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 From an emotional standpoint, a case where someone is accused driving under the influence and killing another person is one of the toughest.  With the victim, you usually have someone who did not deserve to die.  They are often young, in the prime of their lives.  They are usually also close to the driver.  The victim is often a spouse, girlfriend, boyfriend, or sibling of the accused.  Unfortunately, that person is not available to express forgiveness to the driver.
 
As for the driver, you often have a person who has never been in trouble in his life.  He may be college educated, have a great job, and a loving family.  But for this horrible incident he would have continued to be an upstanding citizen.
 
Recently, a San Jose woman pled guilty to gross vehicular manslaughter after hitting and killing a 79 year old grandmother.  She is waiting to be sentenced by a Santa Clara County judge.  Her maximum possible sentence is 12 years in the state prison.  In fact, the judge is precluded from granting this woman probation unless he finds “unusual circumstances” where the interests of justice require it.  According to statements, the family of the victim has forgiven the defendant, and believes that the victim would forgive her as well.  Unfortunately, California DUI sentencing law provides somewhat less opportunity for the Court to forgive her. 

As a former prosecutor, I can tell you that, regardless of the outcome, nobody wins in these cases.  Regardless of what side you are on there is nothing but tragedy in these cases.  An innocent victim loses her life, and a contrite survivor is cast into the hell of the California prison system.  

3/18/2009
Mindy
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There are many sobriety field tests (SFTs) that police will use on someone such as repeating the alphabet backwards.  What many people don’t know is that this test among others, are not the standardized tests recommended by NHTSA. 

There are only three scientifically reliable tests: the horizontal gaze nystagmus test (follow the pen with the eyes), the walk-and-turn test, and the one-leg stand test. 

Virginia police have been known to make mistakes during a DUI arrest.  For example, in the one-leg stand test an officer should not test people who are 50 pounds overweight or are physically impaired. Also, the SFTs were designed to predict a .10 level or above and the legal BAC limit is currently .08, leaving room for error. Another defense in a DWI case is the reliability of the breath testing machine itself. 

If you have taken one of these field tests, there are many possible defenses available for DUI charges.  An experienced Virginia DUI attorney can help you if you have been wrongfully accused of driving under the influence.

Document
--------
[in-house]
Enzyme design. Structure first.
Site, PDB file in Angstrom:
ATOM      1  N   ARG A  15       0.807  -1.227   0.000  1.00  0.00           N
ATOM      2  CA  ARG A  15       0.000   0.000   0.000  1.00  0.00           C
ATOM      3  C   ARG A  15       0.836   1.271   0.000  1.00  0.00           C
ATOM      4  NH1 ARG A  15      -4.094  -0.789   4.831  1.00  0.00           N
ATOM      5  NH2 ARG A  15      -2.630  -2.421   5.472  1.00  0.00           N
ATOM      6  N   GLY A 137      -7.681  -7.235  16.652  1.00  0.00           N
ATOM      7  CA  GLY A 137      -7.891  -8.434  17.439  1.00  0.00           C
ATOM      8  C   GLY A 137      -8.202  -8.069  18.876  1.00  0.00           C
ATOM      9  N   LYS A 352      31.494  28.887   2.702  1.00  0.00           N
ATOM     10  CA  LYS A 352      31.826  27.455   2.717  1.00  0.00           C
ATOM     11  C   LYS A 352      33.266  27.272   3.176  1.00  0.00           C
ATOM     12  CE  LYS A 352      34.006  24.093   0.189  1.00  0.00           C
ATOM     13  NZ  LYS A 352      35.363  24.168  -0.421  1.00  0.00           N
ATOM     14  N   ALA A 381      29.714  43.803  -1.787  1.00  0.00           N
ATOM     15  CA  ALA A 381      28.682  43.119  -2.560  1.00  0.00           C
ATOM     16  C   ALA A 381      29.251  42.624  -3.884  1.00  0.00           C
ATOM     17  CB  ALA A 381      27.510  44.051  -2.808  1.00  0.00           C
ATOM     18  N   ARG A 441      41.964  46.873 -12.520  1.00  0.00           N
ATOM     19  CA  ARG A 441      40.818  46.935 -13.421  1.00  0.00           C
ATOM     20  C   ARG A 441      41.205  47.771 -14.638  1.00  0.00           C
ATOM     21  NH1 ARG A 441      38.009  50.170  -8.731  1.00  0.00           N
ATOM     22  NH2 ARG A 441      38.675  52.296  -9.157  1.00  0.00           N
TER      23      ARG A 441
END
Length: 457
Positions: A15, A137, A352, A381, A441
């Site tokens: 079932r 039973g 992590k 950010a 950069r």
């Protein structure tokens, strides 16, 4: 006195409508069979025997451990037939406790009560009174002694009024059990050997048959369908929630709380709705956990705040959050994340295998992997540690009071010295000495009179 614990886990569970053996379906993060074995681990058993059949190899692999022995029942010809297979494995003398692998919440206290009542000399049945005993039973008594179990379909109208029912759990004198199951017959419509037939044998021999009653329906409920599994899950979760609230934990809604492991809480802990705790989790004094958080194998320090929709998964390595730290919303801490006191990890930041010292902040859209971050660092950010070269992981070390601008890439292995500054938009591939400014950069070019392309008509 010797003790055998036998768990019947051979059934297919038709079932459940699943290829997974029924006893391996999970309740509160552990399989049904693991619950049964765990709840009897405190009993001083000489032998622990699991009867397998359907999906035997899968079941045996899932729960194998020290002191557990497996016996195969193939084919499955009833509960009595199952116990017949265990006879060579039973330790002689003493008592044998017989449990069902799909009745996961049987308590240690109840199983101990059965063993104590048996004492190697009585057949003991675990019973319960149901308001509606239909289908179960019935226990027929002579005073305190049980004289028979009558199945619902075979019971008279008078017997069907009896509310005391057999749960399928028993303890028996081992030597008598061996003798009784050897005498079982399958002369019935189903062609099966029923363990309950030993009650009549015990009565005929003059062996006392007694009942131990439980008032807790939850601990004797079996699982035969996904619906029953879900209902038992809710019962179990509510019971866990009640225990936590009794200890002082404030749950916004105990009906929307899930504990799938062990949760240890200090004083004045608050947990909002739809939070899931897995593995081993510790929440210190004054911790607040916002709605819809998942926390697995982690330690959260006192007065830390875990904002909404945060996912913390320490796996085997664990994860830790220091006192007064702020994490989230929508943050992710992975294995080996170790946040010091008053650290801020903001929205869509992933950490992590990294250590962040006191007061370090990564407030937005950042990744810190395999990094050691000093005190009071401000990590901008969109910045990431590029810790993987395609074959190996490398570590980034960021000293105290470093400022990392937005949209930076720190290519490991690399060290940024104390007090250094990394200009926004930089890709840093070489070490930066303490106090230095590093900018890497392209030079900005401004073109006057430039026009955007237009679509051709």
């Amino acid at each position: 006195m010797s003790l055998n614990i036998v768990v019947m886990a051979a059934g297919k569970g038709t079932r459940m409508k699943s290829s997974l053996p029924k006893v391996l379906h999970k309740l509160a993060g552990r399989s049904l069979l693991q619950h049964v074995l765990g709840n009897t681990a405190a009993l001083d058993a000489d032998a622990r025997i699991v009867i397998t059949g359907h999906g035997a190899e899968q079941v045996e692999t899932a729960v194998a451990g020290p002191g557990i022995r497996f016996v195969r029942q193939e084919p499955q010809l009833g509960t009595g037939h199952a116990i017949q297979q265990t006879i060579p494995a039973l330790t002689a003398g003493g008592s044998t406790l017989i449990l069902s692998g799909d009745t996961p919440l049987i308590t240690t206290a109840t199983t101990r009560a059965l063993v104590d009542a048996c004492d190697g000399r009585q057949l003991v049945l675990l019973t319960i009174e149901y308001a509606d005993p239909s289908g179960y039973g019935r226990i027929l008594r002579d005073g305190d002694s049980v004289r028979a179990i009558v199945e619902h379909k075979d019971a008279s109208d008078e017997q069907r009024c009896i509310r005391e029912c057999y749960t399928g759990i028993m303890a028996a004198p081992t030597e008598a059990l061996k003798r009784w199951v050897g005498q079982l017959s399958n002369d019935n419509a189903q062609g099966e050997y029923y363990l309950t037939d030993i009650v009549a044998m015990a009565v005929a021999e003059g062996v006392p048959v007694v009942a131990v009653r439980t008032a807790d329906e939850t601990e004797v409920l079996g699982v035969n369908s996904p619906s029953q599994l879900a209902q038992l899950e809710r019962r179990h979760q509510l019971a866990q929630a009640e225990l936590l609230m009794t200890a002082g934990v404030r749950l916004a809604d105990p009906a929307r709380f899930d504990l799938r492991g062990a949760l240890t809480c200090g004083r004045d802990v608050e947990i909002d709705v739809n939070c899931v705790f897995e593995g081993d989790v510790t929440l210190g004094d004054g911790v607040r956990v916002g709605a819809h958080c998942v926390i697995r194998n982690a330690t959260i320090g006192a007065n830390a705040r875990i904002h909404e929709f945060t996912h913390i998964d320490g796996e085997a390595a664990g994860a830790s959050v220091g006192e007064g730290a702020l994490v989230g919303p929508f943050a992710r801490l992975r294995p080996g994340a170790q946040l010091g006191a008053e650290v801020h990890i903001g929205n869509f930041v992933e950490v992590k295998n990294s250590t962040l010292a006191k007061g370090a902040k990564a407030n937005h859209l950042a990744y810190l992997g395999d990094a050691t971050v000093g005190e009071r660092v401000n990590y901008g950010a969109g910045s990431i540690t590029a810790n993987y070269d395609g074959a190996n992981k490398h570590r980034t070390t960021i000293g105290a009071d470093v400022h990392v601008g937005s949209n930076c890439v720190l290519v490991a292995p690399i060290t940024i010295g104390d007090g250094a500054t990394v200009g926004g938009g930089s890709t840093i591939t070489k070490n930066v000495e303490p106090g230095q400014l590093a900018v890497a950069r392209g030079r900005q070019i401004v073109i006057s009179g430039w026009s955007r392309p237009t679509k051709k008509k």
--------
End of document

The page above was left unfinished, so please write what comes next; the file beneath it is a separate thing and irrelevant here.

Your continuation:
The article “Is It Possible to Get Out of a DUI or DWI Charge” has more information on this topic.



Category: Keyword Search: Virginia DUI conviction

3/5/2009
Mindy
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Dawn D. Barber, a high-ranking Newport News police official admitted that she was driving drunk on Interstate 64 in Hampton last summer, but she is now appealing her conviction.

Barber is a former assistant police chief who was demoted to captain following her DUI conviction in Virginia and is actively trying to appeal her DUI case.

On August 16, 2008, Barber was pulled over at approximately 9:40 PM after a Virginia State Police Trooper said she was weaving in traffic and almost hit another vehicle on I-64 near North King Street.

Barber told the trooper that she drank a “Texas-size” margarita at a restaurant about 30 minutes prior to being pulled over.  According to the state trooper, Barber did not do well on sobriety tests and a breath test showed a blood alcohol content of 0.12 percent.

In an article posted on the Dailypress.com, Barber was quoted as saying, “of course I regret it.  I take full responsibility.”  She made this comment after being found guilty at a hearing in Hampton General District Court in November.

Barber’s appeal is being heard in Hampton Circuit Court.  In her appeal, she contends that her case should have been dismissed because a judge would not accept a legal maneuver that would have given her the opportunity for a lesser conviction of reckless driving instead of DUI.  According to Barber’s attorney, the judge was required under state law to accept the plea.

The Hampton Commonwealth’s Attorney’s Office is requesting a jury trial in Barber’s case and has stated that the judge did nothing wrong.

Barber’s motion for dismissal is scheduled for April 13 and her trial is supposed to start May 26.



Category: Keyword Search: Virginia DUI conviction